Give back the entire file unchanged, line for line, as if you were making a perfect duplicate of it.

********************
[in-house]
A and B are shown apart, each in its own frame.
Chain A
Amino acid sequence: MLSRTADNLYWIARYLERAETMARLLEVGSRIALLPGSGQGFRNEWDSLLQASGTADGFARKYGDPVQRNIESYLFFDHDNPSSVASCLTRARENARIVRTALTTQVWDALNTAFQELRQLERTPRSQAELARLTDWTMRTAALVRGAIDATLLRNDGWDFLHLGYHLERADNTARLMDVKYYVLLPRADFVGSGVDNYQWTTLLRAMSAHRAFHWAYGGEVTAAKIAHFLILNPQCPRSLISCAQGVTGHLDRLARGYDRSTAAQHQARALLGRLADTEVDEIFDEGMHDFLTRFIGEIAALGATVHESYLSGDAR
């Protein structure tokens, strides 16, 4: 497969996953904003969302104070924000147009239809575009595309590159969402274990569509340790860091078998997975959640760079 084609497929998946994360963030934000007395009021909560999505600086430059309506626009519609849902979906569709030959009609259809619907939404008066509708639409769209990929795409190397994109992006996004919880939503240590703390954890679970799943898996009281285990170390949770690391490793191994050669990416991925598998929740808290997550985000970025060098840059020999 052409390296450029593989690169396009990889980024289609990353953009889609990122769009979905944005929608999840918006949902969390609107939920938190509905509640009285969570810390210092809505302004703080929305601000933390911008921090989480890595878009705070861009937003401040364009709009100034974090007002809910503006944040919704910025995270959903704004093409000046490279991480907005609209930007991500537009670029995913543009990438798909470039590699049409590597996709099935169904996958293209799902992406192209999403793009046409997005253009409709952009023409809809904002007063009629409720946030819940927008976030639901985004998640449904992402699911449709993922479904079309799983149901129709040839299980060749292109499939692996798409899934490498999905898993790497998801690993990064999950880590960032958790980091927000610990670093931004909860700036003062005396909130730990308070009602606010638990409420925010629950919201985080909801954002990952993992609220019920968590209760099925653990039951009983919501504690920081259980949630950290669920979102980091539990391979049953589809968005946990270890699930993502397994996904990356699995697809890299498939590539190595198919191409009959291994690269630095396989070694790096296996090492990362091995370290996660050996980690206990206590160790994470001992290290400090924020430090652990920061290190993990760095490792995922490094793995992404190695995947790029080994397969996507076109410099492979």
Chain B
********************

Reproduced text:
[in-house]
A and B are shown apart, each in its own frame.
Chain A
Amino acid sequence: MLSRTADNLYWIARYLERAETMARLLEVGSRIALLPGSGQGFRNEWDSLLQASGTADGFARKYGDPVQRNIESYLFFDHDNPSSVASCLTRARENARIVRTALTTQVWDALNTAFQELRQLERTPRSQAELARLTDWTMRTAALVRGAIDATLLRNDGWDFLHLGYHLERADNTARLMDVKYYVLLPRADFVGSGVDNYQWTTLLRAMSAHRAFHWAYGGEVTAAKIAHFLILNPQCPRSLISCAQGVTGHLDRLARGYDRSTAAQHQARALLGRLADTEVDEIFDEGMHDFLTRFIGEIAALGATVHESYLSGDAR
């Protein structure tokens, strides 16, 4: 497969996953904003969302104070924000147009239809575009595309590159969402274990569509340790860091078998997975959640760079 084609497929998946994360963030934000007395009021909560999505600086430059309506626009519609849902979906569709030959009609259809619907939404008066509708639409769209990929795409190397994109992006996004919880939503240590703390954890679970799943898996009281285990170390949770690391490793191994050669990416991925598998929740808290997550985000970025060098840059020999 052409390296450029593989690169396009990889980024289609990353953009889609990122769009979905944005929608999840918006949902969390609107939920938190509905509640009285969570810390210092809505302004703080929305601000933390911008921090989480890595878009705070861009937003401040364009709009100034974090007002809910503006944040919704910025995270959903704004093409000046490279991480907005609209930007991500537009670029995913543009990438798909470039590699049409590597996709099935169904996958293209799902992406192209999403793009046409997005253009409709952009023409809809904002007063009629409720946030819940927008976030639901985004998640449904992402699911449709993922479904079309799983149901129709040839299980060749292109499939692996798409899934490498999905898993790497998801690993990064999950880590960032958790980091927000610990670093931004909860700036003062005396909130730990308070009602606010638990409420925010629950919201985080909801954002990952993992609220019920968590209760099925653990039951009983919501504690920081259980949630950290669920979102980091539990391979049953589809968005946990270890699930993502397994996904990356699995697809890299498939590539190595198919191409009959291994690269630095396989070694790096296996090492990362091995370290996660050996980690206990206590160790994470001992290290400090924020430090652990920061290190993990760095490792995922490094793995992404190695995947790029080994397969996507076109410099492979």
Chain B